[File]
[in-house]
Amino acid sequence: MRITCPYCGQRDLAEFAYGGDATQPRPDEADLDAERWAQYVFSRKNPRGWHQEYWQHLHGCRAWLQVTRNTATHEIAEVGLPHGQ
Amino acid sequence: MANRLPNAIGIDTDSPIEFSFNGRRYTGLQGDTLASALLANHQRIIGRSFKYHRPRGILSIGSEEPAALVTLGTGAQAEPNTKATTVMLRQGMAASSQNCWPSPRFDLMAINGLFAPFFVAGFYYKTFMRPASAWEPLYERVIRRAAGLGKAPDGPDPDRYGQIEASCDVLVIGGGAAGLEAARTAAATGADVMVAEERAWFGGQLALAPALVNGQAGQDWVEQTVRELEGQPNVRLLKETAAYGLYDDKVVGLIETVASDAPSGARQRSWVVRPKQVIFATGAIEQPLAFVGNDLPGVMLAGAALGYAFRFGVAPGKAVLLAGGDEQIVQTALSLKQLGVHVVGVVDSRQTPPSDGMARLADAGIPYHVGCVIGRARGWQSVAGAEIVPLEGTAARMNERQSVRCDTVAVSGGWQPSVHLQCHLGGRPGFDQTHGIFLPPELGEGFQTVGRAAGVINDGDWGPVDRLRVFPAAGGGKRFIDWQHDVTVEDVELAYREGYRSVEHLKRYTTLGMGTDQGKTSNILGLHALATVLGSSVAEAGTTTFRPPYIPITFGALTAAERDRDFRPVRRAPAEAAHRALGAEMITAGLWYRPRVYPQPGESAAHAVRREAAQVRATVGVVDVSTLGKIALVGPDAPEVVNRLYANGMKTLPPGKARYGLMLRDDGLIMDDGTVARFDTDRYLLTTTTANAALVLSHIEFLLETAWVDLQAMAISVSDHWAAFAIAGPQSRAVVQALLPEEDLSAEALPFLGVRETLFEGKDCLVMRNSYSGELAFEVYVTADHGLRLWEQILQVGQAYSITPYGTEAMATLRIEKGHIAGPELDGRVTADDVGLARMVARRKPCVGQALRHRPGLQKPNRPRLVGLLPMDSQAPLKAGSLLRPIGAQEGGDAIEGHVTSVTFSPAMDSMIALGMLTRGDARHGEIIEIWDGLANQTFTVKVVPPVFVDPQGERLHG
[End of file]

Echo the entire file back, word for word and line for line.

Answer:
[in-house]
Amino acid sequence: MRITCPYCGQRDLAEFAYGGDATQPRPDEADLDAERWAQYVFSRKNPRGWHQEYWQHLHGCRAWLQVTRNTATHEIAEVGLPHGQ
Amino acid sequence: MANRLPNAIGIDTDSPIEFSFNGRRYTGLQGDTLASALLANHQRIIGRSFKYHRPRGILSIGSEEPAALVTLGTGAQAEPNTKATTVMLRQGMAASSQNCWPSPRFDLMAINGLFAPFFVAGFYYKTFMRPASAWEPLYERVIRRAAGLGKAPDGPDPDRYGQIEASCDVLVIGGGAAGLEAARTAAATGADVMVAEERAWFGGQLALAPALVNGQAGQDWVEQTVRELEGQPNVRLLKETAAYGLYDDKVVGLIETVASDAPSGARQRSWVVRPKQVIFATGAIEQPLAFVGNDLPGVMLAGAALGYAFRFGVAPGKAVLLAGGDEQIVQTALSLKQLGVHVVGVVDSRQTPPSDGMARLADAGIPYHVGCVIGRARGWQSVAGAEIVPLEGTAARMNERQSVRCDTVAVSGGWQPSVHLQCHLGGRPGFDQTHGIFLPPELGEGFQTVGRAAGVINDGDWGPVDRLRVFPAAGGGKRFIDWQHDVTVEDVELAYREGYRSVEHLKRYTTLGMGTDQGKTSNILGLHALATVLGSSVAEAGTTTFRPPYIPITFGALTAAERDRDFRPVRRAPAEAAHRALGAEMITAGLWYRPRVYPQPGESAAHAVRREAAQVRATVGVVDVSTLGKIALVGPDAPEVVNRLYANGMKTLPPGKARYGLMLRDDGLIMDDGTVARFDTDRYLLTTTTANAALVLSHIEFLLETAWVDLQAMAISVSDHWAAFAIAGPQSRAVVQALLPEEDLSAEALPFLGVRETLFEGKDCLVMRNSYSGELAFEVYVTADHGLRLWEQILQVGQAYSITPYGTEAMATLRIEKGHIAGPELDGRVTADDVGLARMVARRKPCVGQALRHRPGLQKPNRPRLVGLLPMDSQAPLKAGSLLRPIGAQEGGDAIEGHVTSVTFSPAMDSMIALGMLTRGDARHGEIIEIWDGLANQTFTVKVVPPVFVDPQGERLHG